5'6 and 220 lbs and 9 percent grades over 0.6 mile are challenging. Just a reminder how much I need to lose some major weight.
I went out for a 20 mile group ride Monday and there was a lady probably weighed around 100 lbs. I swear she coasted up hill.
Allan
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Old 08-17-14, 10:09 AM
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Originally Posted by Willbird
Just reading a book on cyclist training now,lots of good info, but one thing stressed is that paying attention to what your body is telling you is very important :-). The same power output does not equate the same level of bodily stress on any given day.

Cyclist’s Training Bible
This is why I like the HRM. Somedays is feels like I am not working hard enough, other days it feels like I am struggling.
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Old 08-17-14, 10:52 AM
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My first attempt at a century, just about a year ago, ended when I threw in the towel at mile eighty, and took a flat shortcut to the finish. I could see the next Cat4 hill from there and had already climbed 5k ft by then.

Temecula Valley Century Ride - Temecula, CA

I succeeded in March one one where my Garmin Recorded just a couple of feet under a mile of climbing.

Bike Ride Profile | 101 miles near Solvang | Times and Records | Strava

For that one I had done a training ride three weeks before of 63 miles, and picked a route with max climbing, which turned out to be almost 6k feet. After a while hills become a fun challenge. Going faster up them an incentive to lose more weight.
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Old 08-17-14, 01:10 PM
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Originally Posted by linnefaulk
This is why I like the HRM. Somedays is feels like I am not working hard enough, other days it feels like I am struggling.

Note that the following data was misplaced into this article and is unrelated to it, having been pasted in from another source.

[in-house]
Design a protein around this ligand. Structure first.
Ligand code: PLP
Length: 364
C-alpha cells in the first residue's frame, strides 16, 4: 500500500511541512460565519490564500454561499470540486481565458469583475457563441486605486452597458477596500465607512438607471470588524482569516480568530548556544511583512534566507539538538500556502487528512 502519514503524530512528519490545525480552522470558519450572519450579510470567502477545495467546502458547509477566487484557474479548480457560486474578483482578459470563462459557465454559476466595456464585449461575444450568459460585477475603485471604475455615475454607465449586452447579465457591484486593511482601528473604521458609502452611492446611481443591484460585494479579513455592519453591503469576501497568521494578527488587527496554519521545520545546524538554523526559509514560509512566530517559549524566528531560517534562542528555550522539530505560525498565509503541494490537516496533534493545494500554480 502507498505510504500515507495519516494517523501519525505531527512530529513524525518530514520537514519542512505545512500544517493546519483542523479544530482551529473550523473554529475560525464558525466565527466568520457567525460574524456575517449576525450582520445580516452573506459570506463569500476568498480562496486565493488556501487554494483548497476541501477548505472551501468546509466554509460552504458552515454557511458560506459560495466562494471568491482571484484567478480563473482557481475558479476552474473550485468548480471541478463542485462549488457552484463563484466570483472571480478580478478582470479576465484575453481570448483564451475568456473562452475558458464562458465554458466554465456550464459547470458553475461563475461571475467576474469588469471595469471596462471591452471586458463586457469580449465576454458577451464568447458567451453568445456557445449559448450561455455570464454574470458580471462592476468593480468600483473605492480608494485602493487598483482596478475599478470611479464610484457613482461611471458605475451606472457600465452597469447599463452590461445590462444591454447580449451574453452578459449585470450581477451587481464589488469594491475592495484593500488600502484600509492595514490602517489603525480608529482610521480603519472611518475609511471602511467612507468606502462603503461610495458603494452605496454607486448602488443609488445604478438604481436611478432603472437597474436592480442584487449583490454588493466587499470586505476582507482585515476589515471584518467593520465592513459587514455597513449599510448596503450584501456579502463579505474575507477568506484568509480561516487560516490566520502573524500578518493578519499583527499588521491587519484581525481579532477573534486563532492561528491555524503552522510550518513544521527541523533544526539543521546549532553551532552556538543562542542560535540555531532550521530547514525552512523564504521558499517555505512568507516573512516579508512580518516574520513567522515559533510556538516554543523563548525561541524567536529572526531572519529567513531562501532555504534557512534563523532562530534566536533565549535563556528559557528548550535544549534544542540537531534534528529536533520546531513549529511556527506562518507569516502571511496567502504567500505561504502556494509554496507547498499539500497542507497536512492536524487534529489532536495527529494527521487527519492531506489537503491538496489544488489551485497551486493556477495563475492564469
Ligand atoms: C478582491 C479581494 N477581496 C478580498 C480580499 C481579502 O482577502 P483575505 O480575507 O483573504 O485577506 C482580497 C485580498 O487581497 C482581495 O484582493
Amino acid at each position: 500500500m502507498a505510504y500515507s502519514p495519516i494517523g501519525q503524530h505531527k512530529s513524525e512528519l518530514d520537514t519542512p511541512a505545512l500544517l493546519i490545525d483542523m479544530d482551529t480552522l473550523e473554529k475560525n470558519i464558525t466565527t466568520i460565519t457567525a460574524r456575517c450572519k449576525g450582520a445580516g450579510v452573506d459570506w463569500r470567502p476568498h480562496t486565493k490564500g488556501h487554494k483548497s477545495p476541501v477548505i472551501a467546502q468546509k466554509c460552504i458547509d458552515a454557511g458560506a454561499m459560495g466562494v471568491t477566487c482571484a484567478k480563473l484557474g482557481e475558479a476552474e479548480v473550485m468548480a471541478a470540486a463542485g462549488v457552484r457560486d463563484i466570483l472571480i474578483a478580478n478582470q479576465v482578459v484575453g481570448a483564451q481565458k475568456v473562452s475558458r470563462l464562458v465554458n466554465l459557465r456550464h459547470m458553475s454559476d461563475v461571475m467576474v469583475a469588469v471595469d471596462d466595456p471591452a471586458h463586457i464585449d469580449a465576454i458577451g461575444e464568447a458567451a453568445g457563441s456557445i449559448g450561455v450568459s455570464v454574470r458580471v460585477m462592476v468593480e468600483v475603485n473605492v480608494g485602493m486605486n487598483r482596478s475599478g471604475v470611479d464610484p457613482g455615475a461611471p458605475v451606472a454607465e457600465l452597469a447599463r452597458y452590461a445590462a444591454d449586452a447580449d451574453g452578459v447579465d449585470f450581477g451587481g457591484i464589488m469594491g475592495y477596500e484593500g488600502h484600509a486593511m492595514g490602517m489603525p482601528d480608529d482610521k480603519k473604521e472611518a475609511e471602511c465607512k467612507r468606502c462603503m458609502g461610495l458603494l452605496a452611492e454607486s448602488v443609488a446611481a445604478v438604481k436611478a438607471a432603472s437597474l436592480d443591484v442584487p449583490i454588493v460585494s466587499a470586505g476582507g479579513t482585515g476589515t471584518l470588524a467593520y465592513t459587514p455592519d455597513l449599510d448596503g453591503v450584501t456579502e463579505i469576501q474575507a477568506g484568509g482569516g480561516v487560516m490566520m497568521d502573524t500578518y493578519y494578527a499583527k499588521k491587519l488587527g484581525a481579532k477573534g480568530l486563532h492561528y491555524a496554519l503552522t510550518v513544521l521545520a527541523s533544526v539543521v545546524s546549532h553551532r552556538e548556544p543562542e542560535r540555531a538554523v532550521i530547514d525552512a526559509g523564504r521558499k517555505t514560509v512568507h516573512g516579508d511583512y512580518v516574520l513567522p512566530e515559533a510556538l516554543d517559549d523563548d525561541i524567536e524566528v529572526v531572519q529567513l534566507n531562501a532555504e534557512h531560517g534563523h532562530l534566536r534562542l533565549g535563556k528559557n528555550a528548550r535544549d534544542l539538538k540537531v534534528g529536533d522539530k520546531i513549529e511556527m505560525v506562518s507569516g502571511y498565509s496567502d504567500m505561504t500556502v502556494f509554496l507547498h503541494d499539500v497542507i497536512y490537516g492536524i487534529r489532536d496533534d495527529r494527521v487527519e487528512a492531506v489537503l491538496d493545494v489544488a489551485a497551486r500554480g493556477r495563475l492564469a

I agree, my Wahoo TICKR is the best $60 I have spent so far :-).
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Old 08-17-14, 01:19 PM
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that's a decent amount of climbing in 30 miles... don't feel bad. Those are the kinds of rides I like. I'm training for 102miles with ~9k of climbing myself. Got a bug that wiped me out for a couple weeks and feel like I'm starting over almost. I felt ok after 40miles/3k.. so I need to get back into 50-60 w/5K climbing.
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Old 08-17-14, 01:20 PM
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Originally Posted by Willbird
Just reading a book on cyclist training now,lots of good info, but one thing stressed is that paying attention to what your body is telling you is very important :-).
Great advice. That was exactly what I was thinking as I read the post. I have found that from day to day, rest, nutrition, hydration, temperature, and recent riding all can have a big effect. I have some standard rides that I often do. I find that one day I feel completely fresh and it feels as if I can ride with little effort. Other days I am slogging through and feeling as if every mile, every small grade is a major effort.
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Old 08-17-14, 01:30 PM
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Originally Posted by etw
Great advice. That was exactly what I was thinking as I read the post. I have found that from day to day, rest, nutrition, hydration, temperature, and recent riding all can have a big effect. I have some standard rides that I often do. I find that one day I feel completely fresh and it feels as if I can ride with little effort. Other days I am slogging through and feeling as if every mile, every small grade is a major effort.
The Author talks about "Perceived Effort" and "Rate of Perceived Exertion" which is all cyclists had until HRM and more recently Power Meters were developed.

Many casual cyclists, non professionals to keep that clear might be a better term OVER train.......a 110% effort according to the Author is one that stimulates the body to respond by getting stronger....and the growth occurs during sleep or recovery days. Many of us our hard days are probably too hard and frequent, and our easy days are not easy enough :-). The bulk of training can be achieved (according to the Author) in 3 days a week, and maybe 1% more if you take it to a 7 day program.

I like to ride and I have joined a challenge group on MFP that calls for 20 minutes of some exercise every day so I do SOMETHING every day, and that something might as well be on a Bike :-). If the weather is nasty looking I'd rather walk in Walmart or head out and maybe get rained on walking instead of being 10 miles from home on the bike and have the sky open up :-).

Bill

Last edited by Willbird; 08-17-14 at 02:26 PM.